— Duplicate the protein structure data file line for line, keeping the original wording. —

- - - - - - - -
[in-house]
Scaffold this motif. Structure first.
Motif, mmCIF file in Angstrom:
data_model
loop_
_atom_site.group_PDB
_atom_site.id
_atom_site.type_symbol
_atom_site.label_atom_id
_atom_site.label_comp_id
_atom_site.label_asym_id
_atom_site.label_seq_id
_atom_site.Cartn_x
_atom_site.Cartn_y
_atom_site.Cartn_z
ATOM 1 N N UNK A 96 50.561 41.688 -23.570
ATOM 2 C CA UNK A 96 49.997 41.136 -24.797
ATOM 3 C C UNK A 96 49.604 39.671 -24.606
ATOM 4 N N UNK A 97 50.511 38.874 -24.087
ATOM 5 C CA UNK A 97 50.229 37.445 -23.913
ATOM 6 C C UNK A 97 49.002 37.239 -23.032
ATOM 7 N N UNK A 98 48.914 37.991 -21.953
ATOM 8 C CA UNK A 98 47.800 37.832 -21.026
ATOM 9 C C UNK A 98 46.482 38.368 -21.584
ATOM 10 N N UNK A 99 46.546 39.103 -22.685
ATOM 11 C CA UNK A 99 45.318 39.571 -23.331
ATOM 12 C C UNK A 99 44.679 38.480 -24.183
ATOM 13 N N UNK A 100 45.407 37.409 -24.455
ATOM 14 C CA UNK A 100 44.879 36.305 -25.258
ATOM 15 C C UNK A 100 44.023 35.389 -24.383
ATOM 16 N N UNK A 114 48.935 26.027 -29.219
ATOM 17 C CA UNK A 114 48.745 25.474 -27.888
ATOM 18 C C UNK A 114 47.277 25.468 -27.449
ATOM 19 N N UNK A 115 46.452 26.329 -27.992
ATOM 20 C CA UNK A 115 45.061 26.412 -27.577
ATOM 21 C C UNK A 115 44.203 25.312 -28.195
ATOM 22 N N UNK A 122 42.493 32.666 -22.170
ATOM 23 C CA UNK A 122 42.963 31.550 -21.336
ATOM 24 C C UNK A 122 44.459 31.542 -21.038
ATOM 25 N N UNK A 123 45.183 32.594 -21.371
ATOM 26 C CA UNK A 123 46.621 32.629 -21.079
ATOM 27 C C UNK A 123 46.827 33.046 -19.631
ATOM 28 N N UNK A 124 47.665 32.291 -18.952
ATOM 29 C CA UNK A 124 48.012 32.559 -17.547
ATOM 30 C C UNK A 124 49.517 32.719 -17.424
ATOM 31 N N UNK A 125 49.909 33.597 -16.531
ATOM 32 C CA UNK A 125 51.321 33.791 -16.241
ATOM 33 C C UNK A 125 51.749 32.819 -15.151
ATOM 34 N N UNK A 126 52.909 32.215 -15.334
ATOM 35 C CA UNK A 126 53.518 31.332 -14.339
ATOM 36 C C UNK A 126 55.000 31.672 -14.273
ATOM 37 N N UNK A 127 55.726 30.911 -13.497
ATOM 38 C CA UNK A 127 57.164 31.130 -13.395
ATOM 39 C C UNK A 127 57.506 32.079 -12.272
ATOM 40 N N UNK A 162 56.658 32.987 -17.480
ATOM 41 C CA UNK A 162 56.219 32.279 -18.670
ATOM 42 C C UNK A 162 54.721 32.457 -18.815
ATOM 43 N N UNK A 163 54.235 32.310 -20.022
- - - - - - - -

[in-house]
Scaffold this motif. Structure first.
Motif, mmCIF file in Angstrom:
data_model
loop_
_atom_site.group_PDB
_atom_site.id
_atom_site.type_symbol
_atom_site.label_atom_id
_atom_site.label_comp_id
_atom_site.label_asym_id
_atom_site.label_seq_id
_atom_site.Cartn_x
_atom_site.Cartn_y
_atom_site.Cartn_z
ATOM 1 N N UNK A 96 50.561 41.688 -23.570
ATOM 2 C CA UNK A 96 49.997 41.136 -24.797
ATOM 3 C C UNK A 96 49.604 39.671 -24.606
ATOM 4 N N UNK A 97 50.511 38.874 -24.087
ATOM 5 C CA UNK A 97 50.229 37.445 -23.913
ATOM 6 C C UNK A 97 49.002 37.239 -23.032
ATOM 7 N N UNK A 98 48.914 37.991 -21.953
ATOM 8 C CA UNK A 98 47.800 37.832 -21.026
ATOM 9 C C UNK A 98 46.482 38.368 -21.584
ATOM 10 N N UNK A 99 46.546 39.103 -22.685
ATOM 11 C CA UNK A 99 45.318 39.571 -23.331
ATOM 12 C C UNK A 99 44.679 38.480 -24.183
ATOM 13 N N UNK A 100 45.407 37.409 -24.455
ATOM 14 C CA UNK A 100 44.879 36.305 -25.258
ATOM 15 C C UNK A 100 44.023 35.389 -24.383
ATOM 16 N N UNK A 114 48.935 26.027 -29.219
ATOM 17 C CA UNK A 114 48.745 25.474 -27.888
ATOM 18 C C UNK A 114 47.277 25.468 -27.449
ATOM 19 N N UNK A 115 46.452 26.329 -27.992
ATOM 20 C CA UNK A 115 45.061 26.412 -27.577
ATOM 21 C C UNK A 115 44.203 25.312 -28.195
ATOM 22 N N UNK A 122 42.493 32.666 -22.170
ATOM 23 C CA UNK A 122 42.963 31.550 -21.336
ATOM 24 C C UNK A 122 44.459 31.542 -21.038
ATOM 25 N N UNK A 123 45.183 32.594 -21.371
ATOM 26 C CA UNK A 123 46.621 32.629 -21.079
ATOM 27 C C UNK A 123 46.827 33.046 -19.631
ATOM 28 N N UNK A 124 47.665 32.291 -18.952
ATOM 29 C CA UNK A 124 48.012 32.559 -17.547
ATOM 30 C C UNK A 124 49.517 32.719 -17.424
ATOM 31 N N UNK A 125 49.909 33.597 -16.531
ATOM 32 C CA UNK A 125 51.321 33.791 -16.241
ATOM 33 C C UNK A 125 51.749 32.819 -15.151
ATOM 34 N N UNK A 126 52.909 32.215 -15.334
ATOM 35 C CA UNK A 126 53.518 31.332 -14.339
ATOM 36 C C UNK A 126 55.000 31.672 -14.273
ATOM 37 N N UNK A 127 55.726 30.911 -13.497
ATOM 38 C CA UNK A 127 57.164 31.130 -13.395
ATOM 39 C C UNK A 127 57.506 32.079 -12.272
ATOM 40 N N UNK A 162 56.658 32.987 -17.480
ATOM 41 C CA UNK A 162 56.219 32.279 -18.670
ATOM 42 C C UNK A 162 54.721 32.457 -18.815
ATOM 43 N N UNK A 163 54.235 32.310 -20.022